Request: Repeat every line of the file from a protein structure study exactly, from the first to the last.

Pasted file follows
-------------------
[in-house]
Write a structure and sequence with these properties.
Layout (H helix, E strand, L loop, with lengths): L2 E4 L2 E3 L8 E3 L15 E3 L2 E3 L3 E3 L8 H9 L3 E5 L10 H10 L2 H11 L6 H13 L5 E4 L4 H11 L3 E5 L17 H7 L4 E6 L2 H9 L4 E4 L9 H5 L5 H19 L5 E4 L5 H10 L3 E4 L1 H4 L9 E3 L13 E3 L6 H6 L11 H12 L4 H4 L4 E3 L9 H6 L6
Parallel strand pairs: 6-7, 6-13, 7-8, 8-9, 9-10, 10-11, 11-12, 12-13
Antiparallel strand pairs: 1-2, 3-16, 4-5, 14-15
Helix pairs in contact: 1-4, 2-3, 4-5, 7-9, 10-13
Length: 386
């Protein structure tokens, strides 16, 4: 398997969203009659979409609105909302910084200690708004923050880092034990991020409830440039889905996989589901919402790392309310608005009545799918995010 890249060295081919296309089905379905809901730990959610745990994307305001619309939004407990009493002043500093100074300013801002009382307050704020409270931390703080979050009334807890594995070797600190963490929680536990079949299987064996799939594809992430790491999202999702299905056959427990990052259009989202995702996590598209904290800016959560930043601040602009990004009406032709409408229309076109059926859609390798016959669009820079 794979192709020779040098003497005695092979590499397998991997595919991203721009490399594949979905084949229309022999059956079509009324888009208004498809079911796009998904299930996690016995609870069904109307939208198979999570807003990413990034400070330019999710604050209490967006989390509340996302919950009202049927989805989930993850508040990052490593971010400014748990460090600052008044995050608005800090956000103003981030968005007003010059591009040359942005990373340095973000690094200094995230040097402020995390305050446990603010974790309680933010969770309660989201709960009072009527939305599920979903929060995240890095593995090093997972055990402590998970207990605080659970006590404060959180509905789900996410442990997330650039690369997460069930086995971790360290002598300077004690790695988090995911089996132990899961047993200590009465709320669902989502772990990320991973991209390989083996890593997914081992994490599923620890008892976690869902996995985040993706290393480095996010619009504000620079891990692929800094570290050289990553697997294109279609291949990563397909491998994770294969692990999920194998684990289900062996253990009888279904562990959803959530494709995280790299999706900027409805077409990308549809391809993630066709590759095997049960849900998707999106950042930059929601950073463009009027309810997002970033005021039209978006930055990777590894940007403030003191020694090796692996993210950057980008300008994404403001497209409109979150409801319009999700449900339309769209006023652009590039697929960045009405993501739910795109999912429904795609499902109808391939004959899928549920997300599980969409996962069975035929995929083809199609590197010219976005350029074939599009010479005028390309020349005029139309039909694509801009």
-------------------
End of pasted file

[in-house]
Write a structure and sequence with these properties.
Layout (H helix, E strand, L loop, with lengths): L2 E4 L2 E3 L8 E3 L15 E3 L2 E3 L3 E3 L8 H9 L3 E5 L10 H10 L2 H11 L6 H13 L5 E4 L4 H11 L3 E5 L17 H7 L4 E6 L2 H9 L4 E4 L9 H5 L5 H19 L5 E4 L5 H10 L3 E4 L1 H4 L9 E3 L13 E3 L6 H6 L11 H12 L4 H4 L4 E3 L9 H6 L6
Parallel strand pairs: 6-7, 6-13, 7-8, 8-9, 9-10, 10-11, 11-12, 12-13
Antiparallel strand pairs: 1-2, 3-16, 4-5, 14-15
Helix pairs in contact: 1-4, 2-3, 4-5, 7-9, 10-13
Length: 386
């Protein structure tokens, strides 16, 4: 398997969203009659979409609105909302910084200690708004923050880092034990991020409830440039889905996989589901919402790392309310608005009545799918995010 890249060295081919296309089905379905809901730990959610745990994307305001619309939004407990009493002043500093100074300013801002009382307050704020409270931390703080979050009334807890594995070797600190963490929680536990079949299987064996799939594809992430790491999202999702299905056959427990990052259009989202995702996590598209904290800016959560930043601040602009990004009406032709409408229309076109059926859609390798016959669009820079 794979192709020779040098003497005695092979590499397998991997595919991203721009490399594949979905084949229309022999059956079509009324888009208004498809079911796009998904299930996690016995609870069904109307939208198979999570807003990413990034400070330019999710604050209490967006989390509340996302919950009202049927989805989930993850508040990052490593971010400014748990460090600052008044995050608005800090956000103003981030968005007003010059591009040359942005990373340095973000690094200094995230040097402020995390305050446990603010974790309680933010969770309660989201709960009072009527939305599920979903929060995240890095593995090093997972055990402590998970207990605080659970006590404060959180509905789900996410442990997330650039690369997460069930086995971790360290002598300077004690790695988090995911089996132990899961047993200590009465709320669902989502772990990320991973991209390989083996890593997914081992994490599923620890008892976690869902996995985040993706290393480095996010619009504000620079891990692929800094570290050289990553697997294109279609291949990563397909491998994770294969692990999920194998684990289900062996253990009888279904562990959803959530494709995280790299999706900027409805077409990308549809391809993630066709590759095997049960849900998707999106950042930059929601950073463009009027309810997002970033005021039209978006930055990777590894940007403030003191020694090796692996993210950057980008300008994404403001497209409109979150409801319009999700449900339309769209006023652009590039697929960045009405993501739910795109999912429904795609499902109808391939004959899928549920997300599980969409996962069975035929995929083809199609590197010219976005350029074939599009010479005028390309020349005029139309039909694509801009």